Is your child a Sensory Seeker, Sensory Avoider or Both?

Children who have Sensory Processing Disorder usually fall into two catagories, a seeker or an avoider. 

Most people think that you have to be one or the other but you can actually be an avoider and a seeker too. It's more common to be both than one or the other. 

A sensory seeker is hyposensitive and an avoider is hypersensitive.

A child with Sensory Processing that is an avoider will become overstimulated because they are sensitive to what is around them and will feel everything much more intense then others. Sensory avoiders will avoid sensory input. 

A sensory seeker will is the opposite and we feel under stimulated and will seek out sensory input. Sensory seekers will not react to the enviroment around them like an avoider does. Sensory seekers crave and want sensory input. 

A Seeker loves movement, being rough and active, loves a stimulating environment, craves salty, spicy foods or extra chewy and crunchy foods, enjoys motion, crashes into walls or floors, loves running and jumping, needs to touch everything, cant sit still, and has poor attention span. Seekers also climb too high, climbing on everything, crashes into people and everything, licks and chews on everything, eating too much, doesn't feel pain like most do, over stuff there mouths, dump out boxes full of stuff and look through everything, engages in messy play with play dough mud, shaving cream and they're loud with little volume control.

An avoider is the opposite as a seeker. They avoid. Picky eaters, covers ears from noise, wont wear shoes, avoids mess and messy hands, dislikes anyone too close to them, doesn't like climbing and swinging, refuses bath time and swimming activities including water, complains about smells, doesn't like to brush teeth, complains about normal lighting that its too bright, over responsive to pain and feel everything more than they should, doesn't like tags and seams on clothes and avoids hugs.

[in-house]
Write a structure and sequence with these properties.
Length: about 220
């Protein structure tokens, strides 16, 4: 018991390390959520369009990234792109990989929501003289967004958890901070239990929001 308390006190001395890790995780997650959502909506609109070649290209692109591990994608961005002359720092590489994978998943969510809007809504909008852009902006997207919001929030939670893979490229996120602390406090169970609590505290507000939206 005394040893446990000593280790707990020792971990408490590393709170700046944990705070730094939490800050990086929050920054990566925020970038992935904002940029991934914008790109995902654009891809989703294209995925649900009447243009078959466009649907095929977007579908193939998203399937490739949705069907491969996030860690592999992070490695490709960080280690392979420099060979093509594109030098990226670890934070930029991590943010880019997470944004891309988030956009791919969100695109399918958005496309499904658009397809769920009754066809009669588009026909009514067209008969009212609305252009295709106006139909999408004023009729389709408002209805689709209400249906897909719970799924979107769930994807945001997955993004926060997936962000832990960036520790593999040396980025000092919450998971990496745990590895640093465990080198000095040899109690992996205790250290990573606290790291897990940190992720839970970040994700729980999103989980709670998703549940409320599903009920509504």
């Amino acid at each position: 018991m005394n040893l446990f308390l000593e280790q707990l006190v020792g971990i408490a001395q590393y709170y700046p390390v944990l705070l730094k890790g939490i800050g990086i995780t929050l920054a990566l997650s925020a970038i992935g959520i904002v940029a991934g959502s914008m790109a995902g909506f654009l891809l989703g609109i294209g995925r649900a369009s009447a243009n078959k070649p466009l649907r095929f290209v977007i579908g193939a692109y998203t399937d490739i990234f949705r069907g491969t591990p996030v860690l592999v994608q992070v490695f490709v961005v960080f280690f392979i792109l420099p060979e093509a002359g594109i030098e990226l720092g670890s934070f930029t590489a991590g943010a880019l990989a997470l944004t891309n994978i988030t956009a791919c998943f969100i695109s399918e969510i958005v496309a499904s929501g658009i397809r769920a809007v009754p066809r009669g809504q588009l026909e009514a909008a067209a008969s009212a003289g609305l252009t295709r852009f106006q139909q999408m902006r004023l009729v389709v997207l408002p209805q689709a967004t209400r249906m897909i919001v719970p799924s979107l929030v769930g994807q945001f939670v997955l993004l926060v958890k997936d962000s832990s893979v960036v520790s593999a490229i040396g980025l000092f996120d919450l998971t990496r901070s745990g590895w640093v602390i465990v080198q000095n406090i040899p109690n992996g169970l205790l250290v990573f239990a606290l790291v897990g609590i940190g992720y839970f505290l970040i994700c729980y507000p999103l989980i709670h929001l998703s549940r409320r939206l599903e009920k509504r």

DISCLAIMER: I am not an Occupational Therapist. I am an adult who has Sensory Processing Disorder, a sensory parent and a Grandma. The information on this website is not medical advice and does not replace the information that your child's therapists gives you. These are just ideas and information that I have learned myself over the years of being a parent and an adult living with SPD. If you are concerned for your child, please always seek medical attention through a family doctor, pediatrician or therapist. This website is for suggestions and informational purposes only. Each child is different and what works for one child may not for another because all children have different needs. Please always consult with a professional.

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